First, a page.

At some point the U and U signals fed into the burst location comparator will be equal, signifying that the imaginary projectile has reached ground elevation; and when this happens the burst location comparator issues a signal that stops rotation of the cam drive motor 41 and of the motor 42 that drives the sensor carrier 37.

The point along its path at which the sensor carrier stops corresponds to the azimuth position that the burst image projector 10 should have, and hence the position of the carrier can be utilized to issue a demand value signal for lateral aiming of the projector 10. For this purpose, as illustrated, a contactor or finger 45, which is mounted on the carrier and is thus constrained to move back and forth with it, cooperates with a resistance strip 46 that is fixed adjacent to the path of the carrier 37 and extends lengthwise thereof. The resistance strip is connected in a demand value circuit to produce a demand value signal in accordance with the position of the carrier 37. The azimuth actuating mechanism for the projector 10, comprising the motor 24, is governed by a servo control mechanism of known type whereby a true value signal is generated as the projector is swung in azimuth, which true value signal corresponds at each instant with the azimuth position of the projector, and this true value signal and the demand value signal are both fed to a projector azimuth comparator comprising a part of the comparator means 16. By means of this comparator the true value signal is compared with the demand value signal, and the projector is swung to bring the true value signal into equality with the demand value signal.

At the instant when the voltage of the terrain elevation signal U equals that of the projectile altitude signal U that voltage corresponds to the position in elevation that the projector should have. The signal from the trajectory signal generator can therefore be maintained constant at the voltage value reached at that instant and can be used as a demand value signal for the control of the projector elevation servo, comprising the motor 26. Hence the equality signal issued by the burst location comparator can be fed to the trajectory signal generator to prevent further decrease of the voltage put out by that generator.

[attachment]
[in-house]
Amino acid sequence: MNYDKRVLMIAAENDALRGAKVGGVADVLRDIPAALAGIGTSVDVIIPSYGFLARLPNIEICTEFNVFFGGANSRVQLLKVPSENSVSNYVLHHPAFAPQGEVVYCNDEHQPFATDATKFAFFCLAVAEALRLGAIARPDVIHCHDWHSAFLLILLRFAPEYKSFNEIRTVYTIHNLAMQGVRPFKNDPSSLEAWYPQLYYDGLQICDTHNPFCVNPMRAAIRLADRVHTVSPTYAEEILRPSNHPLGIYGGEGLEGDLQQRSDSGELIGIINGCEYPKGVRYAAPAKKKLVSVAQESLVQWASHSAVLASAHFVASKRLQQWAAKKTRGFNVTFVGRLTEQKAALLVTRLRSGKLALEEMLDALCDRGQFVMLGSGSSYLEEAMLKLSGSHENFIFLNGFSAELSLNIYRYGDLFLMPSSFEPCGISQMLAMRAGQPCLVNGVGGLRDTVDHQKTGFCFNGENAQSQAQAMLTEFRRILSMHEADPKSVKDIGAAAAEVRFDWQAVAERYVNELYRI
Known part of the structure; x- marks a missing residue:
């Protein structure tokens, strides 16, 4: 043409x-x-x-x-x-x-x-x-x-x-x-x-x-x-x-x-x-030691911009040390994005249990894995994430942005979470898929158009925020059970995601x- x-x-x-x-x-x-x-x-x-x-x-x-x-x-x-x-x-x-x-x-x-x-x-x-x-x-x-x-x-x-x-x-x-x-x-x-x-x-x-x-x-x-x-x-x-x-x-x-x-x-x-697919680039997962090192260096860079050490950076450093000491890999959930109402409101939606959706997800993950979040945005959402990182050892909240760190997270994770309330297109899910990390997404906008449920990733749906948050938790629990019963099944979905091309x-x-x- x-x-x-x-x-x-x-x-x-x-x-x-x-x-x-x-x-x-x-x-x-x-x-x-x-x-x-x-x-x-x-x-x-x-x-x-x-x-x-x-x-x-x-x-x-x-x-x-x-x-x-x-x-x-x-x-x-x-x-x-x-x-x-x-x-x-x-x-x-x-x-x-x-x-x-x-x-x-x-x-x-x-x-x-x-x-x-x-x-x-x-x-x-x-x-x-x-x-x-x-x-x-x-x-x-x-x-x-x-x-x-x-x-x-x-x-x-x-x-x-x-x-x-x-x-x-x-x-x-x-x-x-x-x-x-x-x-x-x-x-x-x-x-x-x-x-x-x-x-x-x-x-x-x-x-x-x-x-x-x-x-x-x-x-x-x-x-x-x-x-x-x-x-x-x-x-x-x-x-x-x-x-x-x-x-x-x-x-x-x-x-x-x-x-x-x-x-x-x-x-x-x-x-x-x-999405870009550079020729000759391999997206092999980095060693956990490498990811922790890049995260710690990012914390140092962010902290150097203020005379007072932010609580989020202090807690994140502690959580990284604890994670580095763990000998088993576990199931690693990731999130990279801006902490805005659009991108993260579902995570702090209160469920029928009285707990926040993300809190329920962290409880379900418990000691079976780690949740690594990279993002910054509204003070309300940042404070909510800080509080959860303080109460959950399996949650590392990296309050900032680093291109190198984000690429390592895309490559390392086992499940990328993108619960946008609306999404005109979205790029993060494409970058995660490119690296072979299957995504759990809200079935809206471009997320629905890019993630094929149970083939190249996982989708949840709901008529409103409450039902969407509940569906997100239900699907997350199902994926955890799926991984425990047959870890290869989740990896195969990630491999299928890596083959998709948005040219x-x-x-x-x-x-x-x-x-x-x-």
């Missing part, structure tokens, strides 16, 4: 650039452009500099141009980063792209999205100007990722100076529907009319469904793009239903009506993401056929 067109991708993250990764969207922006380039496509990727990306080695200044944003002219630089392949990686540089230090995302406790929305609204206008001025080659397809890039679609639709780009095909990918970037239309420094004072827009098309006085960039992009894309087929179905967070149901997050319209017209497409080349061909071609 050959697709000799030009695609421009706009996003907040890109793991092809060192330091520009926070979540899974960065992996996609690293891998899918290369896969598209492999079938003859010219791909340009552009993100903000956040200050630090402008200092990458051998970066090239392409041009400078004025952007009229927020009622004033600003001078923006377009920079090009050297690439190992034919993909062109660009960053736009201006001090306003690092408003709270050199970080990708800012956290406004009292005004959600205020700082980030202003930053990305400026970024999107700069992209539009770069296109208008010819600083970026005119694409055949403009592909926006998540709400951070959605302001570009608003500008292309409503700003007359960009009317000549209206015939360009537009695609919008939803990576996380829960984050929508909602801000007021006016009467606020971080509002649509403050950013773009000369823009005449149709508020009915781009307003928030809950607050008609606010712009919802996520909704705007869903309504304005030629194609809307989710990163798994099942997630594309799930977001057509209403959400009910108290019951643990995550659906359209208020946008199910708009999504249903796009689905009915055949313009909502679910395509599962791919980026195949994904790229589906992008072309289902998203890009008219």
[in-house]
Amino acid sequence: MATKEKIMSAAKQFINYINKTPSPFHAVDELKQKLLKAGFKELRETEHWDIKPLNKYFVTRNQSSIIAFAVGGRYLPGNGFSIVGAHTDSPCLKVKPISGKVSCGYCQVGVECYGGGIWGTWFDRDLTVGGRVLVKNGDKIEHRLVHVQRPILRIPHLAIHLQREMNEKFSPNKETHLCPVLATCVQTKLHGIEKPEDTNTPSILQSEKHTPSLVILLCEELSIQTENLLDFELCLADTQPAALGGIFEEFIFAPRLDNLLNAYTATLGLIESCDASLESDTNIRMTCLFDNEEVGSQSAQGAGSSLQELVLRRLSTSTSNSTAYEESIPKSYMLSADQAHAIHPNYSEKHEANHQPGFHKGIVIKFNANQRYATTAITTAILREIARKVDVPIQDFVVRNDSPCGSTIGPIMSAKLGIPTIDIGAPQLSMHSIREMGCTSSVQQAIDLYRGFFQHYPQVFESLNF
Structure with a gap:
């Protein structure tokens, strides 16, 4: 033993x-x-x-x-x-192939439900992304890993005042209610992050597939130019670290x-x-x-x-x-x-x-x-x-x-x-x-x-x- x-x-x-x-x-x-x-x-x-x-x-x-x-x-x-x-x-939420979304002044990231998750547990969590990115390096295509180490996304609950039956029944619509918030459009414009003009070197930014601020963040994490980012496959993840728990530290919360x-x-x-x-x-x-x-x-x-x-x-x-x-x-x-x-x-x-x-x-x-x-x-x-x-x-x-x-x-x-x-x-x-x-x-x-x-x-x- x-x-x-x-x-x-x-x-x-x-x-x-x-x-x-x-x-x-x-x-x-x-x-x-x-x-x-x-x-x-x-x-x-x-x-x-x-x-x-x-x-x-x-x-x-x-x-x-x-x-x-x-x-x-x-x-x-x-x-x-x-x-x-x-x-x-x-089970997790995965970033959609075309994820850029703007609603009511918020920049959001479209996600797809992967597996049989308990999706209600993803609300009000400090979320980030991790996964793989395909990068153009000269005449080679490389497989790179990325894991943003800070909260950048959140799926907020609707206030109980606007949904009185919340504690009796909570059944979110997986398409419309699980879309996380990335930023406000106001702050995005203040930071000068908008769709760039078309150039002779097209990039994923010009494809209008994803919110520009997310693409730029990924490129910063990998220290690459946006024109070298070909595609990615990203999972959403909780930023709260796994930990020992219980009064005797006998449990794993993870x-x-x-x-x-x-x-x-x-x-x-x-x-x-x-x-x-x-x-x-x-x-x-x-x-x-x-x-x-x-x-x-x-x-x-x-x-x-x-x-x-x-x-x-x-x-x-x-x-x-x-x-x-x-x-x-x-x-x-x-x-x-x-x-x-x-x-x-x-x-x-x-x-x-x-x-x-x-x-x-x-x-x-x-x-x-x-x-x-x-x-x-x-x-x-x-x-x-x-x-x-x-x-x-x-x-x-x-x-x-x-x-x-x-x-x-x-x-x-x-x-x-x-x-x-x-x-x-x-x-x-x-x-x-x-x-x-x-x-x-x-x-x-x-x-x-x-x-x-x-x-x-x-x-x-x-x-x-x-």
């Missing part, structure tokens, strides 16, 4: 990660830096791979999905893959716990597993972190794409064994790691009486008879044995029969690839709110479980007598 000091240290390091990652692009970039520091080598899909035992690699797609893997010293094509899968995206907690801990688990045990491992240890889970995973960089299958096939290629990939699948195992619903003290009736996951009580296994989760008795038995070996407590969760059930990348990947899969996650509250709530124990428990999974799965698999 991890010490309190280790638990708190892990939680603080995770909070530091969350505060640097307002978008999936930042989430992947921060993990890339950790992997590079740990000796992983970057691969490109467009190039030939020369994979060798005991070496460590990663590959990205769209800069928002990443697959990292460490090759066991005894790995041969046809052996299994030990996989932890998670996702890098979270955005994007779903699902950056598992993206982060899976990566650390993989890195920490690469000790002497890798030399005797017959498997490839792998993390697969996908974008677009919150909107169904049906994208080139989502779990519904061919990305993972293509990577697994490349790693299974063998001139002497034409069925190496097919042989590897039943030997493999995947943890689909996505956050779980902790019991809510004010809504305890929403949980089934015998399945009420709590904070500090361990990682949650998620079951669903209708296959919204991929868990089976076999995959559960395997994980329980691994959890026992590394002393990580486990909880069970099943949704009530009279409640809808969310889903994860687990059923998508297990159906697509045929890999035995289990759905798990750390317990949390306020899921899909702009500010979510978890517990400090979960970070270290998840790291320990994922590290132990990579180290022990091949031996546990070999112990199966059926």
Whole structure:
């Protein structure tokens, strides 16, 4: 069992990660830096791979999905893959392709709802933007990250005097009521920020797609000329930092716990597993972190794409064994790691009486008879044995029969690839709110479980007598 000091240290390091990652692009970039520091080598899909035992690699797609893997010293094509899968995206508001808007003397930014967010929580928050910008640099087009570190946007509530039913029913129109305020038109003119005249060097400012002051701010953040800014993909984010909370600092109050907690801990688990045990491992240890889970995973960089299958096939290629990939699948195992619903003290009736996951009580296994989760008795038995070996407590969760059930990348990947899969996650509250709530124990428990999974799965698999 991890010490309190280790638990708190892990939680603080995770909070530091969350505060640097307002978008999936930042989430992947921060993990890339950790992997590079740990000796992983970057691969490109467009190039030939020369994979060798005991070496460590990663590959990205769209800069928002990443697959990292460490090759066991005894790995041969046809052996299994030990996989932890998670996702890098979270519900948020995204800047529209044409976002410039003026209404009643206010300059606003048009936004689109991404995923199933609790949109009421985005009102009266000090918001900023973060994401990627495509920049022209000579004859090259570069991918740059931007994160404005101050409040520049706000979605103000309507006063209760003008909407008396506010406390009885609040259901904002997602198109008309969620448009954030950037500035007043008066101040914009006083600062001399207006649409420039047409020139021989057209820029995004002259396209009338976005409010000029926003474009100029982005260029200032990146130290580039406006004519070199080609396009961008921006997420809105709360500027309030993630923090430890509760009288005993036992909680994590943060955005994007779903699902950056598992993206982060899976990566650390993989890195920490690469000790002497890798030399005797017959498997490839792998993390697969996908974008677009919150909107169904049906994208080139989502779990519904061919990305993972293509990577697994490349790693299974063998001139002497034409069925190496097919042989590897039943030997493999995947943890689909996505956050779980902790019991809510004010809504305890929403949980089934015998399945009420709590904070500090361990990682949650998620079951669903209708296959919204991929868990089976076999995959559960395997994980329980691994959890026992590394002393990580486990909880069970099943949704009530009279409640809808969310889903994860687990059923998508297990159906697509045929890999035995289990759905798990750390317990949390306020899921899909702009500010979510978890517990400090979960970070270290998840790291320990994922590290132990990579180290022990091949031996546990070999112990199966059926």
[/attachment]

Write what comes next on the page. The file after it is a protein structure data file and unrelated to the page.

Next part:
If the projectile is assumed to be equipped with a timed burst control, whereby it is caused to explode after a certain interval following its discharge from the gun, a manual control can be set to simulate the assumed time interval, thereby adjusting a time burst control signal generator which incorporates a suitable time delay mechanism. The time burst control signal generator issues a constant voltage signal U to burst location comparator and compares with U If the signal U and the signal U are equal the burst location comparator issues a stop impulse signal to the drive motors 41 and 42 and to the trajectory signal generator. The burst location comparator issues signals to the slide selector for selecting appropriate slides.

If the projectile is assumed to be equipped with a proximity fuse, a manually controllable proximit fuse instrumentality is adjusted to the altitude at which the proximity fuse is assumed to be effective, and that instrumentality issues a constant voltage signal U which is superimposed upon (added to) the terrain elevation signal U that is being fed to the burst location compartor, so that said comparator will produce its equality signal at a correspondingly higher value of the signal U from the trajectory signal generator.

Having thus in effect determined the position in azimuth and elevation of the explosion of the assumed projectile, the apparatus now proceeds to select the burst image slide that is appropriate to the terrain that lies between the burst point and the point 33 that corresponds to the fire controllers post. For this purpose the motor 41 that rotates the cam 35 is energized to turn in the reverse of its immediately previous direction, while the sensor carrier 37 remains stopped. Hence the cam segment that is engaged by the sensor during this retrograde rotation will correspond to the sector in which the explosion occurs, and the output of the signal circuit that comprises the sensor-actuated variable resistor 38 will correspond to terrain elevations along the length of that sector between the burst point and the point 33 that represents the fire controllers post. A burst image form comparator, also comprising a part of the comparator means 16, receives these terrain elevation signals and also receives the constant voltage burst elevation signal from the trajectory signal generator.